Thursday, December 8, 2011

Universal Equality

In 1856, before his presidency or the beginning of the Civil War, Abraham Lincoln said:

Our government rests in public opinion. Whoever can change public opinion, can change the government, practically just so much. Public opinion, or [on?] any subject, always has a “central idea,” from which all its minor thoughts radiate. That “central idea” in our political public opinion, at the beginning was, and until recently has continued to be, “the equality of men.” (Basler 1953, vol. II, 385; see also Jaffa 1982, chap. XIV).

A few years ago we celebrated the one hundredth anniversary of the Statute of Liberty, and many would consider liberty, or freedom, as the fundamental moral concept on which our government was founded. Freedom, however, has little meaning outside of one’s moral concept of justice.

“It is indeed the self-imposed ethical or moral foundations of government that change mere obedience to the coercive powers of government into a sense of consensual responsibility for a moral duty, a just order, the common good, or human rights. ”
Freedom can mean, simply license, the absence of any social obligation or moral constraint. Being a free moral agent does not necessarily mean that one will choose to be moral. Freedom does not address the need to maintain order, establish justice, or provide for the general welfare. Nor does freedom provide much protection from the coercive powers of government unless it means “liberty for all” (Basler 1953, vol. IV, 168–69). Indeed, what we often desire is freedom from the arbitrary will of others.

Morality, on the other hand, provides a context of responsibility for freedom. Morality even implies a degree of freedom of choice and, to the extent of that freedom, responsibility. Freedom by itself implies a type of existential or subjective responsibility but not necessarily any other type of moral acknowledgement. When Jefferson put forth the ideals of our country in the Declaration of Independence, his first assertion, his primary self-evident truth, was that “all men are created equal.” The unalienable rights of life, liberty, and the pursuit of happiness were thus put within an ethical context of equality and reciprocity. Jefferson and Lincoln both understood universal equality to be the primary moral concept of American constitutional democracy.

Others have also understood universal equality to be the primary moral concept. Marvin Meyers in his book on James Madison, The Mind of the Founder, concluded that, “in Madison’s view of man,” equality was the fundamental term (1981, xxii). Alexis de Tocqueville, in Democracy in America (1835–1840), “advanced the influential thesis that equality is the fundamental theme and characteristic of American civilization” (Davis 1990, 11).

Alexis de Tocqueville
Tocqueville noted that even tyrants value freedom, but only for themselves. He also understood that equality is not an extrinsic leveling term but conveys an inherent mutual respect which also implies an equality of political freedom. David Brion Davis, a prominent historian of the institution of slavery, has even concluded that the real anthesis of slavery is not freedom but equality (Davis 1990, 29). Even the great reformers, such as the women suffragettes and the Rev. Martin Luther King, Jr., did not repudiate these principles, but urged us to live up to them and place them into practice.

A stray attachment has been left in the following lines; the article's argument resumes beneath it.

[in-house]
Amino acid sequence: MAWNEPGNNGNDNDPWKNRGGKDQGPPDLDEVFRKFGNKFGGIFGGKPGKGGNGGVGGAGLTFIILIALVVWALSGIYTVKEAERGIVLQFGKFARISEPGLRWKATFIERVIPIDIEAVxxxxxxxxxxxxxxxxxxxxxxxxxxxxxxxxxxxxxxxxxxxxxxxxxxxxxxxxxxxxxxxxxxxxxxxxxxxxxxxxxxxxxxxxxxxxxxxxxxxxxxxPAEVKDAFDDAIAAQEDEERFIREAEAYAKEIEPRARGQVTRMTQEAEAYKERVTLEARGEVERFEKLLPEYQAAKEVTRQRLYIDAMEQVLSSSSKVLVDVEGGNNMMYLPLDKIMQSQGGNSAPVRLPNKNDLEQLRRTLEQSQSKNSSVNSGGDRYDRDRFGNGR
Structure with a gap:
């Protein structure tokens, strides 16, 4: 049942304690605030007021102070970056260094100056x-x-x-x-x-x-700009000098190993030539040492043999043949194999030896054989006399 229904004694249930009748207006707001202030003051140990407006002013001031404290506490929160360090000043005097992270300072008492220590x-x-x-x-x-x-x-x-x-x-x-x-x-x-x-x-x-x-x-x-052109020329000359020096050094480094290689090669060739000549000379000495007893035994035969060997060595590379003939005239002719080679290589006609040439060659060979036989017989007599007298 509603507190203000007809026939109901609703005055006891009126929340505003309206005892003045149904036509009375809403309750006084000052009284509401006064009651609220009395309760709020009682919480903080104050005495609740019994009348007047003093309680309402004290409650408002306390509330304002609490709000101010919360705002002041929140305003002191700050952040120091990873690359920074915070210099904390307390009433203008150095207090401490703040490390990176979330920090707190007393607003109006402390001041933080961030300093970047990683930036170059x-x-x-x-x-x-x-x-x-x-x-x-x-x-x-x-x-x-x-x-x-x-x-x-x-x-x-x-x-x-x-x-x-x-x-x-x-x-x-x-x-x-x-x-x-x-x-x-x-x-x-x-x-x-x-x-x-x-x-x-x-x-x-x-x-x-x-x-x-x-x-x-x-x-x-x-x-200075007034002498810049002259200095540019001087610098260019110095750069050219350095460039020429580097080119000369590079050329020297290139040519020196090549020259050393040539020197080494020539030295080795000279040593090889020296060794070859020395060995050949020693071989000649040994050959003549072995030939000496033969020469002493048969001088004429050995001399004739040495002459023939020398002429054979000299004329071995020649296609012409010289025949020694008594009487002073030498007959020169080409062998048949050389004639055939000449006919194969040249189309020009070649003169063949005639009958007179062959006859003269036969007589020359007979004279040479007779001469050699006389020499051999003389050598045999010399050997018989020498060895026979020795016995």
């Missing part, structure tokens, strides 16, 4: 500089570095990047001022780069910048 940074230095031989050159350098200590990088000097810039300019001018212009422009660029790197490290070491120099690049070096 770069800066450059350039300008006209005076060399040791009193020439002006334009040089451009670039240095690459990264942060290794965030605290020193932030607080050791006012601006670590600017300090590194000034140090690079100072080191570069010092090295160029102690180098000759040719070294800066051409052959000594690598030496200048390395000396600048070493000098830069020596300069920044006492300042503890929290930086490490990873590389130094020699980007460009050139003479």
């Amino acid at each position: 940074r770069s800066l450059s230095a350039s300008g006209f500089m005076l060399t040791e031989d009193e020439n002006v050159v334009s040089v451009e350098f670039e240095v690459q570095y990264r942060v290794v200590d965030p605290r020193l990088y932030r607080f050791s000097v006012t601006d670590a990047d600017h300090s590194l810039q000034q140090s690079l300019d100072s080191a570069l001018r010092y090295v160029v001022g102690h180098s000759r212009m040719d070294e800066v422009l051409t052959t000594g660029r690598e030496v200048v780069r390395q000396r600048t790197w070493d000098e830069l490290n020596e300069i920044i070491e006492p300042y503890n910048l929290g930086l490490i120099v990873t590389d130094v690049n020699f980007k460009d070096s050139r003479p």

G. K. Chesteron wrote, however, that the belief in human equality is not “some crude fairy tale about all men being equally tall or equally tricky” (see McWilliams 1979,184). It is not like a Procrustean bed of Greek mythology into which all persons are forced to fit by stretching them on a rack or cutting off their legs. For Jefferson, universal equality was instead a moral assertion—an assertion that affirmed both his own humanity and his own individuality against tyranny. Using fable and analogy, in the manner of George Orwell, one could say that if you are a mallard and don’t like ducks or duckhood, then there is going to be an inherent problem with your own self-affirmation by definition. This is one sense in which Jefferson’s assertion that “all men are created equal” could be considered a self-evident truth. It is an affirmation of our own humanity.

It is this recognition of his own humanity, however, that allowed Jefferson to also assert his own individuality, not by a will to power and coercion, but by inverting that to a resistance to the tyranny of others. By recognizing the moral agency of others, as well as asserting our own mature responsible personality, there opens up the possibility of deciding political issues by the deliberation of democratic constitutional and legislative processes, rather than by simple coercion, domination, or privilege.

The future of American government still rests on public opinion. It rests on our understanding and support for the moral foundations of constitutional democracy and our ability to communicate and preserve such an understanding effectively. This is important, for the enjoyment of individual freedom and the progress of human liberty are not inevitable. They are contingent, to a large degree, on our willingness and ability as moral agents to place our free will within ethical constraints. It is indeed the self-imposed ethical or moral foundations of government that change mere obedience to the coercive powers of government into a sense of consensual responsibility for a moral duty, a just order, the common good, or human rights. In United States constitutional democracy these ethical concepts all relate historically to the “central idea” of universal equality.

Complete Essay with references from my book, Moral and Political Philosophy.